Difference between revisions of "IGEM:PennState/2006"

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(Moving 2006 page to a location for archive)
 
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<font color="#FFFFFF" size="2">The bacterial relay race takes advantage of an ability to control cellular motility using inducible promoters such as those involved in nutrient catabolism or quorum sensing. “Receiver” bacteria move in response to small-molecule signals either added to the system or originating from motile, “sender” strains. The most significant challenges relating to this project stem from difficulties of tightly controlling the target motility gene motB. Low levels of motB expression result in system failure (constitutive motility), and resolving this issue is essential to developing reliable modular systems that are the hallmark of synthetic biology.</font>
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<font color="#B0C8AE" size="6">>People</font>
 
<font color="#B0C8AE" size="6">>People</font>
  
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*[[IGEM:PennState/2006/Lab-photos|<font color="#FFFFFF">Lab Photos</font>]]   
 
*[[IGEM:PennState/2006/Lab-photos|<font color="#FFFFFF">Lab Photos</font>]]   
 
*[[IGEM:PennState/2006/Team-member-photos|<font color="#FFFFFF">Team Member Photos</font>]]   
 
*[[IGEM:PennState/2006/Team-member-photos|<font color="#FFFFFF">Team Member Photos</font>]]   
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<font color="#646B86" size="6">>Project</font>
 
<font color="#646B86" size="6">>Project</font>
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<h2 style="color: #D16349">'''Publications'''</h2>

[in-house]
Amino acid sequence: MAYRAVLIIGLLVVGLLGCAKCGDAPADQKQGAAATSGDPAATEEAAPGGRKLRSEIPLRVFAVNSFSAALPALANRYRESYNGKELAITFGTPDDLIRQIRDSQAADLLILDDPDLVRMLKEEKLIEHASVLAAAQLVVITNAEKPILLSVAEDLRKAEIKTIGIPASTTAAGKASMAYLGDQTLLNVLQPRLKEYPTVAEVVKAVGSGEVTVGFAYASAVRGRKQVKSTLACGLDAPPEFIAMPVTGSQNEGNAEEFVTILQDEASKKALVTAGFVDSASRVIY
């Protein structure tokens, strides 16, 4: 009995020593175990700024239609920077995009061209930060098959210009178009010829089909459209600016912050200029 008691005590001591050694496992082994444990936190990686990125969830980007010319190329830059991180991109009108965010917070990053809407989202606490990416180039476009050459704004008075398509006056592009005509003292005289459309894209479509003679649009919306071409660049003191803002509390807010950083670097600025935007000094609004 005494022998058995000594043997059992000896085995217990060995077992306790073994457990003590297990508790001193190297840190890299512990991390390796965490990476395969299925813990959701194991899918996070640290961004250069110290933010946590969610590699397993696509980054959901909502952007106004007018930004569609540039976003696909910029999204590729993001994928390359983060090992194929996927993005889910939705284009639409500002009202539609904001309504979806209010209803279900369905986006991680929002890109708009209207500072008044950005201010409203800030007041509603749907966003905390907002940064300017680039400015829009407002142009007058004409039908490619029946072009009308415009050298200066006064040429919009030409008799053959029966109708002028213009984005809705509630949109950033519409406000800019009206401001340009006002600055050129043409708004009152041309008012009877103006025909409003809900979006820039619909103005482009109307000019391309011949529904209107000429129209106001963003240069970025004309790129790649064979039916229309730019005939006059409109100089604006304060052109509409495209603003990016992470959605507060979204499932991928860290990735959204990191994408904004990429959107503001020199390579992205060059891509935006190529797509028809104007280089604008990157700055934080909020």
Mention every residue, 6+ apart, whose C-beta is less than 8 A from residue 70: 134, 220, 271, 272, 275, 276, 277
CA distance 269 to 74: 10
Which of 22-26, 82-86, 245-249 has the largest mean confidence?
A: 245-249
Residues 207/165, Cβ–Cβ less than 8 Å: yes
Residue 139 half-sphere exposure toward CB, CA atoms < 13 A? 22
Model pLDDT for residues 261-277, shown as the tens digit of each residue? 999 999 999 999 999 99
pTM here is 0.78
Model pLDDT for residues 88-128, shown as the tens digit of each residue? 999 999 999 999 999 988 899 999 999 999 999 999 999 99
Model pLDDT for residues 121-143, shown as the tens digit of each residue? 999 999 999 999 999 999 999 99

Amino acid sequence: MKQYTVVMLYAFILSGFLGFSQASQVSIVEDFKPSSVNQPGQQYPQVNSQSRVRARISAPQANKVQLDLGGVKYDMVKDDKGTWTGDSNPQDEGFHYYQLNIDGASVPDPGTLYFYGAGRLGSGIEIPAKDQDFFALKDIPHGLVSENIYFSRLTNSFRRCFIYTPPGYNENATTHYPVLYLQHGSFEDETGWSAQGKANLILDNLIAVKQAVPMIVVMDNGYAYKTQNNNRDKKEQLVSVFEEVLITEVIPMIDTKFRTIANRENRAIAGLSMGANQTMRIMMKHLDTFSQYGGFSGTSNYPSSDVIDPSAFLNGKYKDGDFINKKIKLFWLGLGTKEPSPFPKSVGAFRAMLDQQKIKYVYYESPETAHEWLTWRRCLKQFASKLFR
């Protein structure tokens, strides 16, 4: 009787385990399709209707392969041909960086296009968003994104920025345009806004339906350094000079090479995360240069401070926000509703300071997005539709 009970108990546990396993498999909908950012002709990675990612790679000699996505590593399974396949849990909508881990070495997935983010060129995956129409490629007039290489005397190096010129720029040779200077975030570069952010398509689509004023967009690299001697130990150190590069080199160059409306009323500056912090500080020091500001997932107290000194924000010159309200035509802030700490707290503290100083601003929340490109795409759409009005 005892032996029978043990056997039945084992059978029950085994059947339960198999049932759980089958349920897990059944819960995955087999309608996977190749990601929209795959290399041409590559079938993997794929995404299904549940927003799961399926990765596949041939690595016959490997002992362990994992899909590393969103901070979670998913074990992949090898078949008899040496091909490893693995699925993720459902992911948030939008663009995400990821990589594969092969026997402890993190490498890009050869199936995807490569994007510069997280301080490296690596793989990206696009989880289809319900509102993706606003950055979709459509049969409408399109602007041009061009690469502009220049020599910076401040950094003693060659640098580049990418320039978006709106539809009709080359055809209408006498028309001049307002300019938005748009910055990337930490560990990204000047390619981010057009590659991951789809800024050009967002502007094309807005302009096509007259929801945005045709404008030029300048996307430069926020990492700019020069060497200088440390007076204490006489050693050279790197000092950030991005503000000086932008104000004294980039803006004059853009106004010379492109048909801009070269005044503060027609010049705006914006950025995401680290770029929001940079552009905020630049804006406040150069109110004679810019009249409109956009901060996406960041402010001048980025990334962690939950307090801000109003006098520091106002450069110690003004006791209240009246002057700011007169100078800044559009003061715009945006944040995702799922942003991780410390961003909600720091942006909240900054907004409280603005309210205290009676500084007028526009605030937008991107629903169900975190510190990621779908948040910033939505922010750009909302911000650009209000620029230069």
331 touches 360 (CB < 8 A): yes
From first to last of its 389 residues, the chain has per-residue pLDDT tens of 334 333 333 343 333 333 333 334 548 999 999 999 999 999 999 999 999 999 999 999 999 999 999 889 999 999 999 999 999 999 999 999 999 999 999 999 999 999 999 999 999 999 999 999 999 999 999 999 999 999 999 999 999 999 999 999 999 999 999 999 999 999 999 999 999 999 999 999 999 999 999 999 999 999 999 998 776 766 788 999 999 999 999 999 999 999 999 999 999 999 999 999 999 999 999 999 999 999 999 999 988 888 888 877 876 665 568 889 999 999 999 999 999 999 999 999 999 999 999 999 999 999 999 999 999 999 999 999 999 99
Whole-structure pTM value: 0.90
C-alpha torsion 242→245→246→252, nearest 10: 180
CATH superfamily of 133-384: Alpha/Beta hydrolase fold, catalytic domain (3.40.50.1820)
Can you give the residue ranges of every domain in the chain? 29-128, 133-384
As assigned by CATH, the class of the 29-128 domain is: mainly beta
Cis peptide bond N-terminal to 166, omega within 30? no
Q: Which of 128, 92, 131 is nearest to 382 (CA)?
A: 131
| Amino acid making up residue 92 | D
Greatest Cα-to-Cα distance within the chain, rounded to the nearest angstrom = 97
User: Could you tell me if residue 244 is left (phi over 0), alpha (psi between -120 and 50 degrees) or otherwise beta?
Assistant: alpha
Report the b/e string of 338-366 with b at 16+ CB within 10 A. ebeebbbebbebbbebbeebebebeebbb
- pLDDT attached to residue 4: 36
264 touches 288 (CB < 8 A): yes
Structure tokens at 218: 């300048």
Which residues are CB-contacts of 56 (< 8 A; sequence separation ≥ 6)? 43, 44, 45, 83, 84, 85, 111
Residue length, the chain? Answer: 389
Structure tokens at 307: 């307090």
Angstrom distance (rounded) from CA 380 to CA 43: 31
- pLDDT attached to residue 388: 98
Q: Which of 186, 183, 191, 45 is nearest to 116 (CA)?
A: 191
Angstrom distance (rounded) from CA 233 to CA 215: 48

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*[[IGEM:PennState/Publications/Synthetic Sports: A Bacterial Relay Race|<font color="#000000">Synthetic Sports: A Bacterial Relay Race</font>]]
  
 
<h2 style="color: #D16349">'''Protocols'''</h2>
 
<h2 style="color: #D16349">'''Protocols'''</h2>
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*[[IGEM:PennState/2006/Cloning|<font color="#000000">Cloning</font>]]  
 
*[[IGEM:PennState/2006/Cloning|<font color="#000000">Cloning</font>]]  
 
**[[IGEM:PennState/2006/PreparingChemicallyCompetentCells|<font color="#000000">Preparing chemically competent cells</font>]]   
 
**[[IGEM:PennState/2006/PreparingChemicallyCompetentCells|<font color="#000000">Preparing chemically competent cells</font>]]   

Revision as of 12:51, 9 March 2007

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The bacterial relay race takes advantage of an ability to control cellular motility using inducible promoters such as those involved in nutrient catabolism or quorum sensing. “Receiver” bacteria move in response to small-molecule signals either added to the system or originating from motile, “sender” strains. The most significant challenges relating to this project stem from difficulties of tightly controlling the target motility gene motB. Low levels of motB expression result in system failure (constitutive motility), and resolving this issue is essential to developing reliable modular systems that are the hallmark of synthetic biology.

>People

Undergraduate Team

Affiliated Grad Students

Faculty

Graduated Team Members

Photos



>Project

Publications

Protocols

Progress

Background

Links